This week’s blog post comes from MGE client, seminar speaker and Power Program graduate, Dr. Bruce Smoler. Using the practice management information from the MGE Program, Dr. Smoler has tripled his production and collections, and transformed his practice into a tremendously efficient fee-for-service office.
The Problem: Phone calls were coming in and we were not converting these calls as well as I thought we could. New patients were price shopping and would not schedule, along with what I felt were too many cancellations. After some trial and error, we found the solution in my practice; hopefully it can help in yours too!
The Solution: We implemented what turned out to be three positive changes:
- Call Capture: where we were able to listen to the actual calls coming in online with a dedicated phone number.
- Employee Training: We spent time training on verbal communication skills so as to present a consistent message to all new patients and patients of record on the phone.
- Focus: We made it a priority to focus on superior customer service, genuine care for patient needs and oral health concerns with all callers. In particular, we’ve changed how we handle phone calls regarding cancellations and our number of cancellations has gone down as a result.
Details about how this brought about real-world improvement with new patient conversions and reduced cancellations follow.
1. Call Capture
Quality control checks on calls allowed the staff member in charge of this area of the practice to review how the calls were being handled. Based on what they found, they graded these calls with a “well done” or “needs improvement.” We spent time crafting agreed upon responses for use as a guideline with for each type of new call into our practice; we then had each staff member who answered the phone practice the response until they were comfortable with it and it felt natural.
2. Employee Training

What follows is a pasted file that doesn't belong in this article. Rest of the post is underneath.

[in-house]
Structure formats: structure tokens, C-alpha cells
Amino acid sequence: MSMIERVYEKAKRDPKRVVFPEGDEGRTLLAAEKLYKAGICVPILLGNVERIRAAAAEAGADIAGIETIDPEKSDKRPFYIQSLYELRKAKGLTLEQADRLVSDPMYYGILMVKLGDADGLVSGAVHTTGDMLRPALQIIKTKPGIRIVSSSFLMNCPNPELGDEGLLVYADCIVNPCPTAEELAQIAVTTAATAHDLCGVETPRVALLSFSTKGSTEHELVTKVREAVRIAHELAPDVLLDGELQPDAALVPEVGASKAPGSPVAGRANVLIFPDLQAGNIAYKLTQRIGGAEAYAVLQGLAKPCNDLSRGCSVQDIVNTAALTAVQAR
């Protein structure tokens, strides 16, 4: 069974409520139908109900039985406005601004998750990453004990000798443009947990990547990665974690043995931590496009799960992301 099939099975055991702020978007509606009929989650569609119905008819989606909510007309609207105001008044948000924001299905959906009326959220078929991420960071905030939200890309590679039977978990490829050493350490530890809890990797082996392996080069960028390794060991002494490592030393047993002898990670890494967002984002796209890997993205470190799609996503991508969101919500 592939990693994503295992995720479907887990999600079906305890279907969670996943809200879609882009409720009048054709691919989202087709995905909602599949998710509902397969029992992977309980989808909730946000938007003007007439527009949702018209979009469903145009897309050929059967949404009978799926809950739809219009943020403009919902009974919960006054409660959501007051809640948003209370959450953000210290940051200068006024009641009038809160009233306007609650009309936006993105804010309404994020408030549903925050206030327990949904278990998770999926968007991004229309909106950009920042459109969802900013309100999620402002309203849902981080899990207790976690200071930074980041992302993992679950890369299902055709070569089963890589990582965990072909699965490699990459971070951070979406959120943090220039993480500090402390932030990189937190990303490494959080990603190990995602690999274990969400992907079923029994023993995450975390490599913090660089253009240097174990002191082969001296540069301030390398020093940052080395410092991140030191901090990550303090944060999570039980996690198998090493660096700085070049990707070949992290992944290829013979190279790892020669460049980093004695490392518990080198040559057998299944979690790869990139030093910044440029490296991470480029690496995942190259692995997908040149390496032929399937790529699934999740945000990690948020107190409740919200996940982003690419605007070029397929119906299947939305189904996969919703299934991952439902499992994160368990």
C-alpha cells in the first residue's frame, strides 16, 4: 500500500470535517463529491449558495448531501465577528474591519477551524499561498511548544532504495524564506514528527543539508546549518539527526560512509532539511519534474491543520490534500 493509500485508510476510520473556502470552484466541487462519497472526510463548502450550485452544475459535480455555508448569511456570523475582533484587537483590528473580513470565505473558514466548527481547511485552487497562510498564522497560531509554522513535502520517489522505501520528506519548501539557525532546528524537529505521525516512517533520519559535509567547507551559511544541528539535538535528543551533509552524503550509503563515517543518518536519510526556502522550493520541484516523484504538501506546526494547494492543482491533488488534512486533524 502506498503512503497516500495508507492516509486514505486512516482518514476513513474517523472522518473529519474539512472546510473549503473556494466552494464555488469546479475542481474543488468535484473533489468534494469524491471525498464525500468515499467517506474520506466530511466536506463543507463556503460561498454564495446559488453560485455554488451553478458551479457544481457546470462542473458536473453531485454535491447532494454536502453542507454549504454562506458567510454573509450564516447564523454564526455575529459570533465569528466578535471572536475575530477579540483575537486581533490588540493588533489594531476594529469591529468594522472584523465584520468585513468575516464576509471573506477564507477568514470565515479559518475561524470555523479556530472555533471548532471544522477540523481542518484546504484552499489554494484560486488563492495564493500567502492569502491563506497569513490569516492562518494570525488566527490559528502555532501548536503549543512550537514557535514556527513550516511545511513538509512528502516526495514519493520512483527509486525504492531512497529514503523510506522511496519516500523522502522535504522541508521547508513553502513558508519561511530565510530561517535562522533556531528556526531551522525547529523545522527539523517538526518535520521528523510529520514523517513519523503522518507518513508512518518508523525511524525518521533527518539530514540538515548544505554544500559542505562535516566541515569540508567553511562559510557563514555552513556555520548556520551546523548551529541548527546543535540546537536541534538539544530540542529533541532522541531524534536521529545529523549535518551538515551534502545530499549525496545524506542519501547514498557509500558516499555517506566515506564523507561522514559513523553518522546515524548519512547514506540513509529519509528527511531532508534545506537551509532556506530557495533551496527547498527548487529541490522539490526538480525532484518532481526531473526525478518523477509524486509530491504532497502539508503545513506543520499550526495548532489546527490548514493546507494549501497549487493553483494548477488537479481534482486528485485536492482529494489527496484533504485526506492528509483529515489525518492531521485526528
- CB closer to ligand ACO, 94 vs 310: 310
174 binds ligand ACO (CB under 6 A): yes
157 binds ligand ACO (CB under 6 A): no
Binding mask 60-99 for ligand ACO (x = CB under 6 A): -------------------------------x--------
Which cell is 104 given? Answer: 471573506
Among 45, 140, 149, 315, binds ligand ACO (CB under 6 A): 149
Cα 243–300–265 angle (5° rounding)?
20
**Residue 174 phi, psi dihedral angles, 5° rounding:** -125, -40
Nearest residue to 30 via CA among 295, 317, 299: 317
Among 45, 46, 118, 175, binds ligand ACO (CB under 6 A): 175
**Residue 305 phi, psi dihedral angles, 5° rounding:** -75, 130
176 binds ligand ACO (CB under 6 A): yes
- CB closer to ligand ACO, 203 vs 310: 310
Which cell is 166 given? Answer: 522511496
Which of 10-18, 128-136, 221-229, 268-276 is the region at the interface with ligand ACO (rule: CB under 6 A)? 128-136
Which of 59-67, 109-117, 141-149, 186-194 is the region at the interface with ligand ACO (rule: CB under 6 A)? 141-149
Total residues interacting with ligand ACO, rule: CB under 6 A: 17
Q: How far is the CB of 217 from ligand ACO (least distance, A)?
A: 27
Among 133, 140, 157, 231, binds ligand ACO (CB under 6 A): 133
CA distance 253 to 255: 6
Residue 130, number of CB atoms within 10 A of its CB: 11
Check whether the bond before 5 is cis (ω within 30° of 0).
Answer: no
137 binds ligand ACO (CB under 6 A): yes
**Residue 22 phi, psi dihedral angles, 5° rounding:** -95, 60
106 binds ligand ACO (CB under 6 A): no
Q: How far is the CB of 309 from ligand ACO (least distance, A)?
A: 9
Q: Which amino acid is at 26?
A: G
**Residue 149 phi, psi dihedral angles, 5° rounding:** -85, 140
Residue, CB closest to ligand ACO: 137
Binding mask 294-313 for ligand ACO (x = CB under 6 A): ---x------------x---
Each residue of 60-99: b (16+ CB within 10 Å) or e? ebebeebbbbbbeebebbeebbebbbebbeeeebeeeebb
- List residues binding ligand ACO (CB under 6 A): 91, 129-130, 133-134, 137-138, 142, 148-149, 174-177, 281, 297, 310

When we’re on the phone with a patient, we ask questions such as: “How did you hear about our office?” “Are you in any pain?” “Do we need to get you in right away?” By showing care, concern and a welcoming attitude over the phone, we were able to increase our conversion rate.
An upbeat, cheerful-focused voice on the phone was practiced over and over until the staff member could do it perfectly. If a staff member sounded distant, uninterested or monotone, it typically was due to an upfront distraction. QC (Quality Control) would then try to figure out what the negative action was; multitasking with another conversation was often the cause of a non-focused, disinterested sounding conversation. By improving our ability to have better control of the calls by asking their names, how they heard of us and by breaking the ice to connect with the patients on the phone, we were able to improve the quality of our phone calls and in turn, book more appointments.
Anyone in our office answering the phones were required to listen to these calls coming in, which were recorded. Insight to positive words or positive comments were highlighted. The simple use of “please” and “thank you” go a long way over the phone to show interest and concern. Verbal skill training was critical to help ensure positive results, and the Phone Skills training course at www.ddssuccess.com was extremely helpful for this. But more importantly, it helped “raise the bar” with regards to expected outcome. Ultimately, we were able to help more people get and stay healthier by feeling more connected to a caring, supportive office.
The final positive change we implemented was adjusting the way we handled cancellations and rescheduled appointments. Typically, in the past, after a patient would call to cancel an appointment we would hear my staff say, “Oh OK, would you like to reschedule your appointment?” Well the truth was, no it was not OK to have patients cancel their appointments and no one really wants to reschedule an appointment. The positive action was this:
Do not ask a question a patient can easily just say “no” to.
We try to avoid the phrase, “Would you like to…” More importantly, when we get the call to change or cancel an appointment, we now ask a different question: “What’s wrong with the appointment you selected?” This simple question wakes up the patient to respond. We then find out if the excuse was valid, and then one of two things happens: a) The patients decides not to cancel and just comes in for their original appointment, or b) we can find out the real reason someone may want to cancel or break an appointment, which we can then address and schedule a new appointment the patient will actually keep.
By selecting a problem to manage and handle, the results become more powerful as an example of a positive management policy. This in turn creates MORE and MORE for your practice. The training I received at MGE helped me adopt this viewpoint as a practice owner and leader. I recommend you contact MGE and start with the MGE New Patient Workshop to learn how you can improve the new patient flow in your practice.